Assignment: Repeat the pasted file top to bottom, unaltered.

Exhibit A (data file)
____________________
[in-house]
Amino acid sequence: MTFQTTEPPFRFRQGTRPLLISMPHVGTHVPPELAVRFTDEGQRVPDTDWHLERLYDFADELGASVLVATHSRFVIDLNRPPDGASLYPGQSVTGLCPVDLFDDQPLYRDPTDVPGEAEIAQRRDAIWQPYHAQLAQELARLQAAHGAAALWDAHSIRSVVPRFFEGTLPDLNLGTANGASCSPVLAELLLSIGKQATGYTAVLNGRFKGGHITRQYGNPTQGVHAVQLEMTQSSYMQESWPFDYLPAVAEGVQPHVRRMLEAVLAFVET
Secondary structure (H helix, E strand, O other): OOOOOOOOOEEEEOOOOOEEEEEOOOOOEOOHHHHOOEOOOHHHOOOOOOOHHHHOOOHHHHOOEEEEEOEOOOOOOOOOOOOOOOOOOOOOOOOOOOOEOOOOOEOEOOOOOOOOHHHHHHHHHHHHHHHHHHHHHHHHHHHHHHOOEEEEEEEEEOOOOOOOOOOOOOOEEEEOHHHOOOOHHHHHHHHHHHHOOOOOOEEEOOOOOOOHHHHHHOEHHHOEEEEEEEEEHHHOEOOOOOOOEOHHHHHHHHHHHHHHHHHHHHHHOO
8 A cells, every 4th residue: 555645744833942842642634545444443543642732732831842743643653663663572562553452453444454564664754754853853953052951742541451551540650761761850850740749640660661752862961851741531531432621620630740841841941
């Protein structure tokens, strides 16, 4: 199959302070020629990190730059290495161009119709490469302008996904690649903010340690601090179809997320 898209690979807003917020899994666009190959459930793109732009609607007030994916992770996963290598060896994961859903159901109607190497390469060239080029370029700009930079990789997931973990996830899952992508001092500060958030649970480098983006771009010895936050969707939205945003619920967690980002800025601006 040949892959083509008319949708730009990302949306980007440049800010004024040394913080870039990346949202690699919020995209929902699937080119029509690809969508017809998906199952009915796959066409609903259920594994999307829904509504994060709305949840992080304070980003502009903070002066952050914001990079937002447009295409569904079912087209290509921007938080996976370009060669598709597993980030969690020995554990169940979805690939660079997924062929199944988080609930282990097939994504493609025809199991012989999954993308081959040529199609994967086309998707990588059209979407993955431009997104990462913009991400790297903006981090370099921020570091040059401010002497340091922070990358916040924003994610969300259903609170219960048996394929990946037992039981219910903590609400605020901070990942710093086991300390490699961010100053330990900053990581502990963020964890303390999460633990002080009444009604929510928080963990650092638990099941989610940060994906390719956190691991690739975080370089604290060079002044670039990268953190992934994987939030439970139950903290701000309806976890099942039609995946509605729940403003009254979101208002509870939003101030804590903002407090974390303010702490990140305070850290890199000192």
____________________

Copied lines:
[in-house]
Amino acid sequence: MTFQTTEPPFRFRQGTRPLLISMPHVGTHVPPELAVRFTDEGQRVPDTDWHLERLYDFADELGASVLVATHSRFVIDLNRPPDGASLYPGQSVTGLCPVDLFDDQPLYRDPTDVPGEAEIAQRRDAIWQPYHAQLAQELARLQAAHGAAALWDAHSIRSVVPRFFEGTLPDLNLGTANGASCSPVLAELLLSIGKQATGYTAVLNGRFKGGHITRQYGNPTQGVHAVQLEMTQSSYMQESWPFDYLPAVAEGVQPHVRRMLEAVLAFVET
Secondary structure (H helix, E strand, O other): OOOOOOOOOEEEEOOOOOEEEEEOOOOOEOOHHHHOOEOOOHHHOOOOOOOHHHHOOOHHHHOOEEEEEOEOOOOOOOOOOOOOOOOOOOOOOOOOOOOEOOOOOEOEOOOOOOOOHHHHHHHHHHHHHHHHHHHHHHHHHHHHHHOOEEEEEEEEEOOOOOOOOOOOOOOEEEEOHHHOOOOHHHHHHHHHHHHOOOOOOEEEOOOOOOOHHHHHHOEHHHOEEEEEEEEEHHHOEOOOOOOOEOHHHHHHHHHHHHHHHHHHHHHHOO
8 A cells, every 4th residue: 555645744833942842642634545444443543642732732831842743643653663663572562553452453444454564664754754853853953052951742541451551540650761761850850740749640660661752862961851741531531432621620630740841841941
């Protein structure tokens, strides 16, 4: 199959302070020629990190730059290495161009119709490469302008996904690649903010340690601090179809997320 898209690979807003917020899994666009190959459930793109732009609607007030994916992770996963290598060896994961859903159901109607190497390469060239080029370029700009930079990789997931973990996830899952992508001092500060958030649970480098983006771009010895936050969707939205945003619920967690980002800025601006 040949892959083509008319949708730009990302949306980007440049800010004024040394913080870039990346949202690699919020995209929902699937080119029509690809969508017809998906199952009915796959066409609903259920594994999307829904509504994060709305949840992080304070980003502009903070002066952050914001990079937002447009295409569904079912087209290509921007938080996976370009060669598709597993980030969690020995554990169940979805690939660079997924062929199944988080609930282990097939994504493609025809199991012989999954993308081959040529199609994967086309998707990588059209979407993955431009997104990462913009991400790297903006981090370099921020570091040059401010002497340091922070990358916040924003994610969300259903609170219960048996394929990946037992039981219910903590609400605020901070990942710093086991300390490699961010100053330990900053990581502990963020964890303390999460633990002080009444009604929510928080963990650092638990099941989610940060994906390719956190691991690739975080370089604290060079002044670039990268953190992934994987939030439970139950903290701000309806976890099942039609995946509605729940403003009254979101208002509870939003101030804590903002407090974390303010702490990140305070850290890199000192």